Geminid meteor showers 2020 to be visible for the last time today: Where and how to watch it in India?

The Geminids Meteor Shower originates from the Gemini constellation and its source is the 3200 Phaethon which is either an asteroid or a rock comet.


Today is the last chance to see the Geminds meteor shower before it comes to an end and you have to wait till next year. The showers are visible for nearly two weeks from 4-16 December. They peak during mid-December each year, are considered to be one of the best and most reliable annual meteor showers. The best time to watch the meteor showers is during the night and in the predawn hours. They are visible across the globe and starts around 9.00 pm-10.00 pm. However, the best time to watch the Geminids is about 2.00 am in the local time zone, reported Space.com.

 Geminid meteor showers 2020 to be visible for the last time today: Where and how to watch it in India?

Over 100 meteors are recorded in this composite image taken during the peak of the Geminid meteor shower in 2014. Credit: NASA/MSFC/Danielle Moser, NASA's Meteoroid Environment Office

"While it is expected around December 13-14 night, one can probably also see some meteors on early evening hours of 14 December," PTI quoted Director of M P Birla Planetarium and well-known astrophysicist Debiprasad Duari.

He also said the Geminid meteor shower can be viewed from every part of India if the sky conditions are favourable.

What is the Geminids Meteor Shower? What causes it?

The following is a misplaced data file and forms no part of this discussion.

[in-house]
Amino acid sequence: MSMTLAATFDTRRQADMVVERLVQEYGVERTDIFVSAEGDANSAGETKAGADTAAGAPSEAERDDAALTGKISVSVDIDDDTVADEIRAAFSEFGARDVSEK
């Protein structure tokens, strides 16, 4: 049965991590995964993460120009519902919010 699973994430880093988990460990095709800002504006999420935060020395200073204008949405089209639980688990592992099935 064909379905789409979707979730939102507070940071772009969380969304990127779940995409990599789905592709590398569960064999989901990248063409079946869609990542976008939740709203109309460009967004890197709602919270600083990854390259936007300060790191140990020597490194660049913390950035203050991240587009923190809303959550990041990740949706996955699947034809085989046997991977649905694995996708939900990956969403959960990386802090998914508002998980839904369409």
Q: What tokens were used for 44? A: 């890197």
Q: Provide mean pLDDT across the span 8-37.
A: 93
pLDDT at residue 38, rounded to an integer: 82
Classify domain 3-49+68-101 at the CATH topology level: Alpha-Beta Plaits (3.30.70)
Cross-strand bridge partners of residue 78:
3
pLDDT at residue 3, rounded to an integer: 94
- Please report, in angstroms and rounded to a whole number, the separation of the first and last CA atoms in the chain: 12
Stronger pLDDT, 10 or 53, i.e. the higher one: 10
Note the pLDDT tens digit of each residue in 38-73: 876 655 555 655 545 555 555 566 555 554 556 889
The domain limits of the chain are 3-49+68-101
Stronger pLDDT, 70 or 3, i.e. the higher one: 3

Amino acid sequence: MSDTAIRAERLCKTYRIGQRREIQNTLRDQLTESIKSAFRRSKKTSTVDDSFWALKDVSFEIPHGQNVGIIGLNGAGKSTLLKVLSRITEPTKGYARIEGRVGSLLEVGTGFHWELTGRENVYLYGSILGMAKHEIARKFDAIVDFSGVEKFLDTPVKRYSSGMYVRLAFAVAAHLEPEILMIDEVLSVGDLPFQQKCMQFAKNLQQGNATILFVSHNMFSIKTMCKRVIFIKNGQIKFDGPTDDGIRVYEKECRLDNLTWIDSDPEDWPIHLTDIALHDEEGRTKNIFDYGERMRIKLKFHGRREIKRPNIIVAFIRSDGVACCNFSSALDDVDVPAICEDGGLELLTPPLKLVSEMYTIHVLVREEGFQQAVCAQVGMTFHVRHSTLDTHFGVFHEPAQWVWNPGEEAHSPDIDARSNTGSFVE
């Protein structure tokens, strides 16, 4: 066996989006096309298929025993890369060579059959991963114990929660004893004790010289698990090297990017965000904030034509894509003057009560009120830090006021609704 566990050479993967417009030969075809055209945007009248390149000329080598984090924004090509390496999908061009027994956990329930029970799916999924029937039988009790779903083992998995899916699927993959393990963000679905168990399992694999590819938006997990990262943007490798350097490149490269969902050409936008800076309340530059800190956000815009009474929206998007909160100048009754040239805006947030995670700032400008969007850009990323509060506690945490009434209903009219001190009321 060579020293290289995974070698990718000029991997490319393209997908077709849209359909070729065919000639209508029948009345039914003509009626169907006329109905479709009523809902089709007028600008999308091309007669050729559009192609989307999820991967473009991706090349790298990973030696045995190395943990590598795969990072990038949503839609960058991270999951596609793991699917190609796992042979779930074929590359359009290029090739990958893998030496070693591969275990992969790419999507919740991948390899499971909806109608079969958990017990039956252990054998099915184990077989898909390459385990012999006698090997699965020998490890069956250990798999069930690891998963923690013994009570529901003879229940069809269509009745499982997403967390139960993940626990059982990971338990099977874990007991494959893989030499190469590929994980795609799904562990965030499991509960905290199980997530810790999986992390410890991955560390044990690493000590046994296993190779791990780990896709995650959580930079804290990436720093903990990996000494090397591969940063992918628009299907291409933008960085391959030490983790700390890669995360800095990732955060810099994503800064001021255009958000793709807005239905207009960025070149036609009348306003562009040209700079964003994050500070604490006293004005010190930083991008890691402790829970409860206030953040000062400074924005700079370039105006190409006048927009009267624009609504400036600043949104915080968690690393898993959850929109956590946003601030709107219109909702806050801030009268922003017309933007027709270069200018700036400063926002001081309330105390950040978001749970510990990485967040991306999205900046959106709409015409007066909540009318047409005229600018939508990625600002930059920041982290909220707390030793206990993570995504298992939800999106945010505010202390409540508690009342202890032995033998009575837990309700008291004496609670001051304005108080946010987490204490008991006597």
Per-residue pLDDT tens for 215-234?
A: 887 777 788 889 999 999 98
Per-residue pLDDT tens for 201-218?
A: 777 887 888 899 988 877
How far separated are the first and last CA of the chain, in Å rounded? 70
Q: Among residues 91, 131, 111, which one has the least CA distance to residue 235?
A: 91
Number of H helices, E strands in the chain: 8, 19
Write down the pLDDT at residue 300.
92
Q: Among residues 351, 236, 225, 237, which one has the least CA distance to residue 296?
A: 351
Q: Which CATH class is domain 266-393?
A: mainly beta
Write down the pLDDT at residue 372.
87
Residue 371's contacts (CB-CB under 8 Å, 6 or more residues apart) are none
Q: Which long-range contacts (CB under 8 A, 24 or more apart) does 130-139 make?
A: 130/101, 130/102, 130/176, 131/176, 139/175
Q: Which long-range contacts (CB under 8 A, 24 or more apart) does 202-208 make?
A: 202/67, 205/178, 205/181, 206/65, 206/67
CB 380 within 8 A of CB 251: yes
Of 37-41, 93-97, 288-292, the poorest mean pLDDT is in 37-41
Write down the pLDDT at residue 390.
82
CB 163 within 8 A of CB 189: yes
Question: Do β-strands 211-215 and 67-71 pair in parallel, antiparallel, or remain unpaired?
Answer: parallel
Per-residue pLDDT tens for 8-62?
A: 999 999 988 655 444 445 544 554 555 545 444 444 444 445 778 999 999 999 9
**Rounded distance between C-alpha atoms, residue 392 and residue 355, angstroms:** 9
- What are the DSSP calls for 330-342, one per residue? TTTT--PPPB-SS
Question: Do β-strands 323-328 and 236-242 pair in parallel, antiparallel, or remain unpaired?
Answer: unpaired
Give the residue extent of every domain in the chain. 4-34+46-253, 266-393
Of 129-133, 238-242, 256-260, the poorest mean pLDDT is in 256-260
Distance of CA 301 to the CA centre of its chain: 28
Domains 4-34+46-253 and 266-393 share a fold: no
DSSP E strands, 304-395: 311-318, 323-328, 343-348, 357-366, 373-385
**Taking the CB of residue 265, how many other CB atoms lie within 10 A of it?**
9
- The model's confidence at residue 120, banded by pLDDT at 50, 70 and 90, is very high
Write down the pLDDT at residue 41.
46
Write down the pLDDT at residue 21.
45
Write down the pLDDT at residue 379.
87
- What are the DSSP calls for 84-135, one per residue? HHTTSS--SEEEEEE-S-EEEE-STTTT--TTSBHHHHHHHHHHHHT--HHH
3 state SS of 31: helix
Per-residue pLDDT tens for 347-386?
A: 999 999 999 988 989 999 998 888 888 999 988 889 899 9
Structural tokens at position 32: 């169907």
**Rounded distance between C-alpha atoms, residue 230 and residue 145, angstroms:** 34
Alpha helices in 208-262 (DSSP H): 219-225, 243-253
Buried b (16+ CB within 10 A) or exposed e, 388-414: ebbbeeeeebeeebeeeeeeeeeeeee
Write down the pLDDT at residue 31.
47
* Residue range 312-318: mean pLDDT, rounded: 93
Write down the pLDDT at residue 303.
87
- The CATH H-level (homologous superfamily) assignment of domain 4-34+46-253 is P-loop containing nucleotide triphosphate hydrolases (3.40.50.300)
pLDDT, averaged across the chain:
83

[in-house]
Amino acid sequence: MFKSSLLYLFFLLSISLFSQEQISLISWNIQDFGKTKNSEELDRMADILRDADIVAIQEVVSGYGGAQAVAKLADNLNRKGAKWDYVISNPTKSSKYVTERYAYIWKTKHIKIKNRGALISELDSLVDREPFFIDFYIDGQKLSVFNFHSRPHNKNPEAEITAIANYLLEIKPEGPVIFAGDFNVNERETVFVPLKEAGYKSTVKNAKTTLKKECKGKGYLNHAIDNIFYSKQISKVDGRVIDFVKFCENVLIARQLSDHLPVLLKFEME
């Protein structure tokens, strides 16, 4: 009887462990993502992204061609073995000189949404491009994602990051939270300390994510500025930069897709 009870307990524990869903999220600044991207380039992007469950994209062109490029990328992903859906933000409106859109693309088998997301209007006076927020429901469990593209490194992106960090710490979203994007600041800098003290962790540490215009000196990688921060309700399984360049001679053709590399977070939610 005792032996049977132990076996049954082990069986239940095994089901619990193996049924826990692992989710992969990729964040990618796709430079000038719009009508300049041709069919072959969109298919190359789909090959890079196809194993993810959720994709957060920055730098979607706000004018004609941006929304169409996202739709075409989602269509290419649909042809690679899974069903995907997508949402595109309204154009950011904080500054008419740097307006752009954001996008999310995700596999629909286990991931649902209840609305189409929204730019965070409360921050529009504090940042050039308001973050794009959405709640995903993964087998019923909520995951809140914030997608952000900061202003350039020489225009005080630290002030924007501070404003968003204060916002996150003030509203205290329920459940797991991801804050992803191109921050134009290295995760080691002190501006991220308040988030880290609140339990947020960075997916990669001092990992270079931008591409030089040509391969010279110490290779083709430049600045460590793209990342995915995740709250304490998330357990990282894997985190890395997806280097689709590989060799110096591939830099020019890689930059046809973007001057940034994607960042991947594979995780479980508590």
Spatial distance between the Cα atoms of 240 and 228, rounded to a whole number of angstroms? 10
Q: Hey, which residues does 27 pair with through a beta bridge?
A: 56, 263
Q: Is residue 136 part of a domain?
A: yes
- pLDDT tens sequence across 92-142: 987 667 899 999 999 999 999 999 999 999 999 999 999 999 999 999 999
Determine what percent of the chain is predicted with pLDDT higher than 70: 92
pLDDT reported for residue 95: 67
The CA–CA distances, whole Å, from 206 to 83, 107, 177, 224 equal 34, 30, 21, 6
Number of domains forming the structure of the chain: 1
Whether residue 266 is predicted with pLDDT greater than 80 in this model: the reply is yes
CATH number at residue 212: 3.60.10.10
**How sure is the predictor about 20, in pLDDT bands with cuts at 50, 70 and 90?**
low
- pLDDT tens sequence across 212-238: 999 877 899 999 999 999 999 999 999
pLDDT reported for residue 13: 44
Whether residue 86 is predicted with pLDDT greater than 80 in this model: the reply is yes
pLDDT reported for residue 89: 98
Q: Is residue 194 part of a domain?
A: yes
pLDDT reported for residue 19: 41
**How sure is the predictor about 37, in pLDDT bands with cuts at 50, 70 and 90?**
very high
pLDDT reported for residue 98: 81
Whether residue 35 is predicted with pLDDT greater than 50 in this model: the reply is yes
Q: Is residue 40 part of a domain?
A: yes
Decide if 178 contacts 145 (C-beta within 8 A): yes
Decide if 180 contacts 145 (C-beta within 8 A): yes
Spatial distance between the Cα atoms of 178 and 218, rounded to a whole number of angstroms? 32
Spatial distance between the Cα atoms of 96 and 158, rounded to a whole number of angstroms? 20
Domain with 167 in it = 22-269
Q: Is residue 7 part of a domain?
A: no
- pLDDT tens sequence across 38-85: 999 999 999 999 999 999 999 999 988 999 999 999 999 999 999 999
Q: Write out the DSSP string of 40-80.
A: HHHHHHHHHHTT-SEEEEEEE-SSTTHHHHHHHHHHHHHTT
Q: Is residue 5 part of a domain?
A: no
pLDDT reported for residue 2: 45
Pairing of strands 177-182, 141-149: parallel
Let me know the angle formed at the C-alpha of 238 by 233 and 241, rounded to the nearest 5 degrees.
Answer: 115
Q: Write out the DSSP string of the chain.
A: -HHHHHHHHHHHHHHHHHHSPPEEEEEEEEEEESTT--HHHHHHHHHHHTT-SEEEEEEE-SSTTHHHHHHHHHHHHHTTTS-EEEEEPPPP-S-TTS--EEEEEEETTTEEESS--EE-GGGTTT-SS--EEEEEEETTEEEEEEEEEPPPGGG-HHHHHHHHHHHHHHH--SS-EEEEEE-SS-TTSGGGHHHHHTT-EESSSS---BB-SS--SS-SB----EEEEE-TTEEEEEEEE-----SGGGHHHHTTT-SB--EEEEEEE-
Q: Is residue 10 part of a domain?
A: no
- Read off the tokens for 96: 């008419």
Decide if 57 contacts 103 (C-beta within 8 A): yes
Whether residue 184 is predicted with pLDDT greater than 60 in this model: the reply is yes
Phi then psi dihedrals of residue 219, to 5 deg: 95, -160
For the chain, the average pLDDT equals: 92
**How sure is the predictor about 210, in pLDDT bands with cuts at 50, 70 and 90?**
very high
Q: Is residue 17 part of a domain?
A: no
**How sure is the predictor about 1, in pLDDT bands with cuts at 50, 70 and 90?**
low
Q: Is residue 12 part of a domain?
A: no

The Geminids Meteor Shower is believed to originate from the Gemini constellation, from where it gets the name. The source of the meteor shower is the rocky 3200 Phaethon which might be either an asteroid or a possible "rock comet. It may have crashed with another flying object, thereby leaving space debris.

As the Earth passes through the trail of debris left by the asteroid, the debris hits the planet's atmosphere. There’s little danger of any Geminids landing on earth. The debris from the collision hits Earth's atmosphere, at speeds of up to 70 kilometres per second, that causes the debris to burn up, producing streaks of light. And these streaks in the sky, known as meteors, can be caused by particles as small as a grain of sand.

According to NASA, the Geminids first began appearing in the mid-1800s. However, the first showers were not noteworthy with only 10 - 20 meteors seen per hour. Since that time, the Geminids have grown to become one of the most major showers of the year.

During its peak, 120 Geminid meteors can be seen per hour under perfect conditions. The Geminids are bright and fast meteors and tend to be yellow in colour. It travels at 127,000 km per hour or 35 km per second.


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